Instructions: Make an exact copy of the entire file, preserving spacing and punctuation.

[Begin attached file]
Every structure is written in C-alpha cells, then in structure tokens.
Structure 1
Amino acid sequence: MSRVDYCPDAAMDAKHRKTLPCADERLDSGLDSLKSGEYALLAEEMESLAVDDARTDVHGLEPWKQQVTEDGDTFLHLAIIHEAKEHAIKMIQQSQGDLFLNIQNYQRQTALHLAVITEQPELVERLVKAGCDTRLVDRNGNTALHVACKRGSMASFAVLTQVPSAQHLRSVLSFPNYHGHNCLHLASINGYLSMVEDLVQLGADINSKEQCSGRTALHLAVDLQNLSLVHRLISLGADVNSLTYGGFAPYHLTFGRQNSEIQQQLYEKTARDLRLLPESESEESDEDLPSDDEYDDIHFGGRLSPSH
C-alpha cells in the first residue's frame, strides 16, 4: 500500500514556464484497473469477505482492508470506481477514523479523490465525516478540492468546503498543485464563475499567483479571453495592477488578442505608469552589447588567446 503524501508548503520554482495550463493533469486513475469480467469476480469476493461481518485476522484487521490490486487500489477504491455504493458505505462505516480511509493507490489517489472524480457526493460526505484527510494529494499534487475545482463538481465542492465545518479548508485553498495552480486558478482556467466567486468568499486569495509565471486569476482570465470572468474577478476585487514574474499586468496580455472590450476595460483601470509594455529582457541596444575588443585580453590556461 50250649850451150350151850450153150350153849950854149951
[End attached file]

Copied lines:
Every structure is written in C-alpha cells, then in structure tokens.
Structure 1
Amino acid sequence: MSRVDYCPDAAMDAKHRKTLPCADERLDSGLDSLKSGEYALLAEEMESLAVDDARTDVHGLEPWKQQVTEDGDTFLHLAIIHEAKEHAIKMIQQSQGDLFLNIQNYQRQTALHLAVITEQPELVERLVKAGCDTRLVDRNGNTALHVACKRGSMASFAVLTQVPSAQHLRSVLSFPNYHGHNCLHLASINGYLSMVEDLVQLGADINSKEQCSGRTALHLAVDLQNLSLVHRLISLGADVNSLTYGGFAPYHLTFGRQNSEIQQQLYEKTARDLRLLPESESEESDEDLPSDDEYDDIHFGGRLSPSH
C-alpha cells in the first residue's frame, strides 16, 4: 500500500514556464484497473469477505482492508470506481477514523479523490465525516478540492468546503498543485464563475499567483479571453495592477488578442505608469552589447588567446 503524501508548503520554482495550463493533469486513475469480467469476480469476493461481518485476522484487521490490486487500489477504491455504493458505505462505516480511509493507490489517489472524480457526493460526505484527510494529494499534487475545482463538481465542492465545518479548508485553498495552480486558478482556467466567486468568499486569495509565471486569476482570465470572468474577478476585487514574474499586468496580455472590450476595460483601470509594455529582457541596444575588443585580453590556461 50250649850451150350151850450153150350153849950854149951